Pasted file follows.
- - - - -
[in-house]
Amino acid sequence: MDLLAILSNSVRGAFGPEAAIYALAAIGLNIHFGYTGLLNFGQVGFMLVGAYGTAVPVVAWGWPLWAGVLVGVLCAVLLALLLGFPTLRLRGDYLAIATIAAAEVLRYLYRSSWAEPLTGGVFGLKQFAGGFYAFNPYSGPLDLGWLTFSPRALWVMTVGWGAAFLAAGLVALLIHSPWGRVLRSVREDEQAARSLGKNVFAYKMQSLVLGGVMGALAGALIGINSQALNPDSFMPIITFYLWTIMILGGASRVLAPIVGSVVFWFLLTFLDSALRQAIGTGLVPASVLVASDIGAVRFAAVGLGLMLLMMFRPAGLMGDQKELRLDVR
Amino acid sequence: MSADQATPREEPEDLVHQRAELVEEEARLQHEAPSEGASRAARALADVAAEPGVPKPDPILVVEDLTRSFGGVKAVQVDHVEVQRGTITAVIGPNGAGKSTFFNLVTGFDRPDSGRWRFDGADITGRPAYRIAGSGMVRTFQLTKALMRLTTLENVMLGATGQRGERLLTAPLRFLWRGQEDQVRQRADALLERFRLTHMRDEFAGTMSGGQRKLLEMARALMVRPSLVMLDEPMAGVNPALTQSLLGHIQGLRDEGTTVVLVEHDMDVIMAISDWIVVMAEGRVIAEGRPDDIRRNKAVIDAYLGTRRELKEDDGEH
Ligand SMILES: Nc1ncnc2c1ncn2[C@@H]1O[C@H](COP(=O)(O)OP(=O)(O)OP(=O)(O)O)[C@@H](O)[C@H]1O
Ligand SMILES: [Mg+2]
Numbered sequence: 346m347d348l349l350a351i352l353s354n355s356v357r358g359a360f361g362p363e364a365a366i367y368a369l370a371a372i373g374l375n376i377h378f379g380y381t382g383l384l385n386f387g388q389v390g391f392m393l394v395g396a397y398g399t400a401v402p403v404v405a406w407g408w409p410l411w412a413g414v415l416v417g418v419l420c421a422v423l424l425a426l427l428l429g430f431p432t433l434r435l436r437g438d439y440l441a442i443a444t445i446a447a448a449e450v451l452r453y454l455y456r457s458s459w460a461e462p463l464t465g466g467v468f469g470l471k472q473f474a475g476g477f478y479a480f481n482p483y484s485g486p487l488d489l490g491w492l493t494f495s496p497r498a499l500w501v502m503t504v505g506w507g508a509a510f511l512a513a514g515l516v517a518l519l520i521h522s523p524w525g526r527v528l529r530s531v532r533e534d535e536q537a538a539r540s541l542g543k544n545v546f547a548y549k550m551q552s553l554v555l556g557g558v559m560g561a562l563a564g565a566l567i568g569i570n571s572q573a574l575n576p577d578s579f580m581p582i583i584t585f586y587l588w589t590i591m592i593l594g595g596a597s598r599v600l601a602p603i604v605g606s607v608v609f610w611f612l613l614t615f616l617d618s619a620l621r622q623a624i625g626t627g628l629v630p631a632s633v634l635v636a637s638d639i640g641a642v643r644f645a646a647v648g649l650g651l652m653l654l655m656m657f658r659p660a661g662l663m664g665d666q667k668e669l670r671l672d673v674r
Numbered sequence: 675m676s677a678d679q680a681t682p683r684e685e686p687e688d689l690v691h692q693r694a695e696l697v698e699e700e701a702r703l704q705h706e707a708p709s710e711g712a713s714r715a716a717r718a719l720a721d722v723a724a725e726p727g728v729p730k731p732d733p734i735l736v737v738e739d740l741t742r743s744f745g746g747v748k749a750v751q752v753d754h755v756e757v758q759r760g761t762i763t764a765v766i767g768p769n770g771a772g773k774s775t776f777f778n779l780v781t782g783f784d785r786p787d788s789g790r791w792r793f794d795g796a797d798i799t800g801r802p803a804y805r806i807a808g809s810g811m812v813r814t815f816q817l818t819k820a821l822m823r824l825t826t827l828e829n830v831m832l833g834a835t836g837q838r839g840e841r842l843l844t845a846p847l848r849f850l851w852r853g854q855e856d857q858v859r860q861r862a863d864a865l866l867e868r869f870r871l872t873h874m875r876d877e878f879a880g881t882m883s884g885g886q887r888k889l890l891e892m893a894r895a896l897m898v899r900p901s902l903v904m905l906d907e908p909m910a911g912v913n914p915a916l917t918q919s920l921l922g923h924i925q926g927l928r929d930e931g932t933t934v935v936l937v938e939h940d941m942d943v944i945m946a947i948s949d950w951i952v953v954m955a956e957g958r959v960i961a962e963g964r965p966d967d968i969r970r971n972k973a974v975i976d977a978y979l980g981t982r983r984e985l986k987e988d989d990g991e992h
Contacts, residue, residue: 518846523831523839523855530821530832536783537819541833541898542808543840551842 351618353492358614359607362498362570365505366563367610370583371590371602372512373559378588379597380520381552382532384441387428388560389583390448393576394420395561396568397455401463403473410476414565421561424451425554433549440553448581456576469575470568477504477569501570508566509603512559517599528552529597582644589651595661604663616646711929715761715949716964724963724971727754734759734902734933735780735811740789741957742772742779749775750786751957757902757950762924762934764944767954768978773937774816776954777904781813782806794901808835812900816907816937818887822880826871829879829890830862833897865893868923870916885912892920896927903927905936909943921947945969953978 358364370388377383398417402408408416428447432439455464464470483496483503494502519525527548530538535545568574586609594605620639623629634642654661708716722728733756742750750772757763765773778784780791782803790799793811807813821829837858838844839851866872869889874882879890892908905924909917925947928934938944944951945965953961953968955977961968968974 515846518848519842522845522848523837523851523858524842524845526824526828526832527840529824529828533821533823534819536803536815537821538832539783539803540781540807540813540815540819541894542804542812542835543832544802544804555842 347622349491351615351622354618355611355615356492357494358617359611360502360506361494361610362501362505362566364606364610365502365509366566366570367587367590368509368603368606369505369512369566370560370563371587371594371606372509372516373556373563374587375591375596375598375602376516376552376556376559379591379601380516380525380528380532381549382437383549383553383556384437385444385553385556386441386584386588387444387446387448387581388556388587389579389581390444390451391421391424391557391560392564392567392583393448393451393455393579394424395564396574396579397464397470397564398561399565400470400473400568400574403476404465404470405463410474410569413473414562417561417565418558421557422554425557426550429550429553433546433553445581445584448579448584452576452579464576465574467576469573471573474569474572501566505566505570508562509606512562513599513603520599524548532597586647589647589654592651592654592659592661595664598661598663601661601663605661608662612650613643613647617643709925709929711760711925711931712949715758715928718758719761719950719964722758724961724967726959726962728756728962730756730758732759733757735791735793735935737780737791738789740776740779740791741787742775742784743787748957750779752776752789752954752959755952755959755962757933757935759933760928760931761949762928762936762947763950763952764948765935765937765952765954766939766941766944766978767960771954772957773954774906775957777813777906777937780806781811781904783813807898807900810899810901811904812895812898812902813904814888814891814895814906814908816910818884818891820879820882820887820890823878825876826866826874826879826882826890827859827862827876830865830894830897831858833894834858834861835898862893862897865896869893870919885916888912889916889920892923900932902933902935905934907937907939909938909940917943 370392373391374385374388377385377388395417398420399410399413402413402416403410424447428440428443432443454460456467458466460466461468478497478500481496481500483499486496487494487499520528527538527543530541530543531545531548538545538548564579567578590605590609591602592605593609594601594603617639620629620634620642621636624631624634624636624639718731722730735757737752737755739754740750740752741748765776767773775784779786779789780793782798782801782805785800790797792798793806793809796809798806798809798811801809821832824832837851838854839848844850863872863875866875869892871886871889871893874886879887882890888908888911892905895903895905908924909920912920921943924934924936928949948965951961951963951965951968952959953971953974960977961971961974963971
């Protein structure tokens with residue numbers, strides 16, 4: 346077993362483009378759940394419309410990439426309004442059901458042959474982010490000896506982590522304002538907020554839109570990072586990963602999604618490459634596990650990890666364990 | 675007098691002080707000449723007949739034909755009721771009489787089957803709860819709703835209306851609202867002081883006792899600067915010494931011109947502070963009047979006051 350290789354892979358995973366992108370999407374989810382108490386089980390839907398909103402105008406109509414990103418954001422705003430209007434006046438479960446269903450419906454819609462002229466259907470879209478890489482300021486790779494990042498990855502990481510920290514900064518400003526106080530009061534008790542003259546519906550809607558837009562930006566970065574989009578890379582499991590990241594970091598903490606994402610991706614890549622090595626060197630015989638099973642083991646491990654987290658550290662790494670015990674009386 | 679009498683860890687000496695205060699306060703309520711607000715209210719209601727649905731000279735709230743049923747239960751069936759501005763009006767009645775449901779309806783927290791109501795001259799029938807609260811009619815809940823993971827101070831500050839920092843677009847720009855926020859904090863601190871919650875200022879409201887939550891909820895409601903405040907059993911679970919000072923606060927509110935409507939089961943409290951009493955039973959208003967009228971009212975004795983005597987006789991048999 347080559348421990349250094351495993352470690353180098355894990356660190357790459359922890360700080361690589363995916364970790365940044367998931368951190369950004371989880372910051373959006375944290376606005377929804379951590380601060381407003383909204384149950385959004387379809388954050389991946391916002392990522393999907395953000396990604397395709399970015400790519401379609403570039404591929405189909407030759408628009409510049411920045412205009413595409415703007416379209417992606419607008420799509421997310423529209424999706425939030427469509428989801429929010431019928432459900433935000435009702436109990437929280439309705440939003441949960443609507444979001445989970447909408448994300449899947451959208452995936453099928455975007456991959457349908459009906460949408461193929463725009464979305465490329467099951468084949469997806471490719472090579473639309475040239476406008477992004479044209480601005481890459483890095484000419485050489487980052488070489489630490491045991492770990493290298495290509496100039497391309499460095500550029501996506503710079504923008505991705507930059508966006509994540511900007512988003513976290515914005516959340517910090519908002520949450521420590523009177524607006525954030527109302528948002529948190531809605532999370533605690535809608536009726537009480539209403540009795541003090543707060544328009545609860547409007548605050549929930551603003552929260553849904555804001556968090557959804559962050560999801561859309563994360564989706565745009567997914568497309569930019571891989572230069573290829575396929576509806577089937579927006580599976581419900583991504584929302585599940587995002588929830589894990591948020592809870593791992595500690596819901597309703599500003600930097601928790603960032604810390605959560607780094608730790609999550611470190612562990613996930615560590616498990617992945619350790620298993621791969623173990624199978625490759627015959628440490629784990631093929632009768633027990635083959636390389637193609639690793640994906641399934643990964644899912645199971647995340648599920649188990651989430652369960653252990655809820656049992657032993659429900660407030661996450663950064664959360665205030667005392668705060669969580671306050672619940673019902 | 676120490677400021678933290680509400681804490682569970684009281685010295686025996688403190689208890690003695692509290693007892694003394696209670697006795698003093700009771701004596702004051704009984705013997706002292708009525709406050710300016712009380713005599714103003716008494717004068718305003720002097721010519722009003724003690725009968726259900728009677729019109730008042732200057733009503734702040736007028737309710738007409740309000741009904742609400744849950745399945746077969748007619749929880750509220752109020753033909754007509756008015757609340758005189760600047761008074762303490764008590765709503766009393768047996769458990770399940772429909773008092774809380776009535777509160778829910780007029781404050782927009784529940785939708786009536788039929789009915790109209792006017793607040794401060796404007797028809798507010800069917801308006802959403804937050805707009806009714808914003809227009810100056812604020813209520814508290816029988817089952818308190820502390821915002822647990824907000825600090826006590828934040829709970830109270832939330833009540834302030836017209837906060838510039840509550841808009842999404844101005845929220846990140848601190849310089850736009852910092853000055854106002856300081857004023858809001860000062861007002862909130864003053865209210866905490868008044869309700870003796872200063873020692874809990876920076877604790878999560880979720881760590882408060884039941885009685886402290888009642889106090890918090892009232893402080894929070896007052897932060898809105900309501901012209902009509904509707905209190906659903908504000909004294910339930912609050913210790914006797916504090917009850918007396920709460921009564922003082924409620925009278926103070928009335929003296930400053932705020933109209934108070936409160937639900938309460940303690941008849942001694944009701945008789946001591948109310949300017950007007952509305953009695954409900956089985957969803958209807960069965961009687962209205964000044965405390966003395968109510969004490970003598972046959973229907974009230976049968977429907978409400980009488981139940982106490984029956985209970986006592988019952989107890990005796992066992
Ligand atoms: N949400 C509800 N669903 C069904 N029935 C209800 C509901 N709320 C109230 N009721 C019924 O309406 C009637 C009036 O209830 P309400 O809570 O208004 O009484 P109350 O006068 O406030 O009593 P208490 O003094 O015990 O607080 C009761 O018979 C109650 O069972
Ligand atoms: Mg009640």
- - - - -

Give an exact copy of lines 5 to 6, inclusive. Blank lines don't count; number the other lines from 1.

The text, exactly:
Ligand SMILES: [Mg+2]
Numbered sequence: 346m347d348l349l350a351i352l353s354n355s356v357r358g359a360f361g362p363e364a365a366i367y368a369l370a371a372i373g374l375n376i377h378f379g380y381t382g383l384l385n386f387g388q389v390g391f392m393l394v395g396a397y398g399t400a401v402p403v404v405a406w407g408w409p410l411w412a413g414v415l416v417g418v419l420c421a422v423l424l425a426l427l428l429g430f431p432t433l434r435l436r437g438d439y440l441a442i443a444t445i446a447a448a449e450v451l452r453y454l455y456r457s458s459w460a461e462p463l464t465g466g467v468f469g470l471k472q473f474a475g476g477f478y479a480f481n482p483y484s485g486p487l488d489l490g491w492l493t494f495s496p497r498a499l500w501v502m503t504v505g506w507g508a509a510f511l512a513a514g515l516v517a518l519l520i521h522s523p524w525g526r527v528l529r530s531v532r533e534d535e536q537a538a539r540s541l542g543k544n545v546f547a548y549k550m551q552s553l554v555l556g557g558v559m560g561a562l563a564g565a566l567i568g569i570n571s572q573a574l575n576p577d578s579f580m581p582i583i584t585f586y587l588w589t590i591m592i593l594g595g596a597s598r599v600l601a602p603i604v605g606s607v608v609f610w611f612l613l614t615f616l617d618s619a620l621r622q623a624i625g626t627g628l629v630p631a632s633v634l635v636a637s638d639i640g641a642v643r644f645a646a647v648g649l650g651l652m653l654l655m656m657f658r659p660a661g662l663m664g665d666q667k668e669l670r671l672d673v674r